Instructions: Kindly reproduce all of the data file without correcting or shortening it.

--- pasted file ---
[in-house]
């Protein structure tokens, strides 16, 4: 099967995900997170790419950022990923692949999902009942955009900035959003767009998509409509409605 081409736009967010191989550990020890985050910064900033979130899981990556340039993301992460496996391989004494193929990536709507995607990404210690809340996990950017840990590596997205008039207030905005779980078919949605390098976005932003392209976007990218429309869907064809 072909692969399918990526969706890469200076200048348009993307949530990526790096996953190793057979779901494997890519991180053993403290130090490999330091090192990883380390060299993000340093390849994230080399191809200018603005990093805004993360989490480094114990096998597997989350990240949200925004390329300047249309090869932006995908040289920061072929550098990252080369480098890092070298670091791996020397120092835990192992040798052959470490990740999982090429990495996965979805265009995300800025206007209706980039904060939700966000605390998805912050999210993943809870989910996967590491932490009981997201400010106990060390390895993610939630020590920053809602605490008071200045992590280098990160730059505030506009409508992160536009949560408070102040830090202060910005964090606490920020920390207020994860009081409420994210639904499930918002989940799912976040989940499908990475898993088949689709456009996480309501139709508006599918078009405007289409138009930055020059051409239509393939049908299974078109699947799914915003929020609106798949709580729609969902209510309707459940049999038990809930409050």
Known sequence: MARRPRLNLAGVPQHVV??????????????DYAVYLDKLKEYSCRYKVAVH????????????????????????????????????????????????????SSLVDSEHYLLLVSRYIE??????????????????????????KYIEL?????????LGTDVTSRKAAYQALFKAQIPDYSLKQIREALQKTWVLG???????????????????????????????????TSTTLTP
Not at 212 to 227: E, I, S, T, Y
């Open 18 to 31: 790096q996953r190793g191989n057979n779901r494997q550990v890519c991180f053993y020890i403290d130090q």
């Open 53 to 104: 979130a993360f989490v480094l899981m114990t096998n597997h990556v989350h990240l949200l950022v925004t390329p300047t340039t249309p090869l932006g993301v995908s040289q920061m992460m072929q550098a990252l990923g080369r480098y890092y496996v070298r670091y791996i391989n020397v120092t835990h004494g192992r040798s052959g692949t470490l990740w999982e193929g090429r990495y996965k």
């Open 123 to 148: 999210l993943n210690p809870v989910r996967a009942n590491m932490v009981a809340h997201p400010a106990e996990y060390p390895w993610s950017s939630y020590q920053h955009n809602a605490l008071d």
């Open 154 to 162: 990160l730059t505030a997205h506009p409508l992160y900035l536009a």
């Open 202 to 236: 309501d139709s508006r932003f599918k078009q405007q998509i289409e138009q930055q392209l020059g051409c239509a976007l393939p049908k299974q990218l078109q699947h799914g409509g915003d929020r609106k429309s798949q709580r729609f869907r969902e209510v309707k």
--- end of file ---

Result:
[in-house]
């Protein structure tokens, strides 16, 4: 099967995900997170790419950022990923692949999902009942955009900035959003767009998509409509409605 081409736009967010191989550990020890985050910064900033979130899981990556340039993301992460496996391989004494193929990536709507995607990404210690809340996990950017840990590596997205008039207030905005779980078919949605390098976005932003392209976007990218429309869907064809 072909692969399918990526969706890469200076200048348009993307949530990526790096996953190793057979779901494997890519991180053993403290130090490999330091090192990883380390060299993000340093390849994230080399191809200018603005990093805004993360989490480094114990096998597997989350990240949200925004390329300047249309090869932006995908040289920061072929550098990252080369480098890092070298670091791996020397120092835990192992040798052959470490990740999982090429990495996965979805265009995300800025206007209706980039904060939700966000605390998805912050999210993943809870989910996967590491932490009981997201400010106990060390390895993610939630020590920053809602605490008071200045992590280098990160730059505030506009409508992160536009949560408070102040830090202060910005964090606490920020920390207020994860009081409420994210639904499930918002989940799912976040989940499908990475898993088949689709456009996480309501139709508006599918078009405007289409138009930055020059051409239509393939049908299974078109699947799914915003929020609106798949709580729609969902209510309707459940049999038990809930409050």
Known sequence: MARRPRLNLAGVPQHVV??????????????DYAVYLDKLKEYSCRYKVAVH????????????????????????????????????????????????????SSLVDSEHYLLLVSRYIE??????????????????????????KYIEL?????????LGTDVTSRKAAYQALFKAQIPDYSLKQIREALQKTWVLG???????????????????????????????????TSTTLTP
Not at 212 to 227: E, I, S, T, Y
């Open 18 to 31: 790096q996953r190793g191989n057979n779901r494997q550990v890519c991180f053993y020890i403290d130090q």
């Open 53 to 104: 979130a993360f989490v480094l899981m114990t096998n597997h990556v989350h990240l949200l950022v925004t390329p300047t340039t249309p090869l932006g993301v995908s040289q920061m992460m072929q550098a990252l990923g080369r480098y890092y496996v070298r670091y791996i391989n020397v120092t835990h004494g192992r040798s052959g692949t470490l990740w999982e193929g090429r990495y996965k």
């Open 123 to 148: 999210l993943n210690p809870v989910r996967a009942n590491m932490v009981a809340h997201p400010a106990e996990y060390p390895w993610s950017s939630y020590q920053h955009n809602a605490l008071d």
């Open 154 to 162: 990160l730059t505030a997205h506009p409508l992160y900035l536009a």
């Open 202 to 236: 309501d139709s508006r932003f599918k078009q405007q998509i289409e138009q930055q392209l020059g051409c239509a976007l393939p049908k299974q990218l078109q699947h799914g409509g915003d929020r609106k429309s798949q709580r729609f869907r969902e209510v309707k």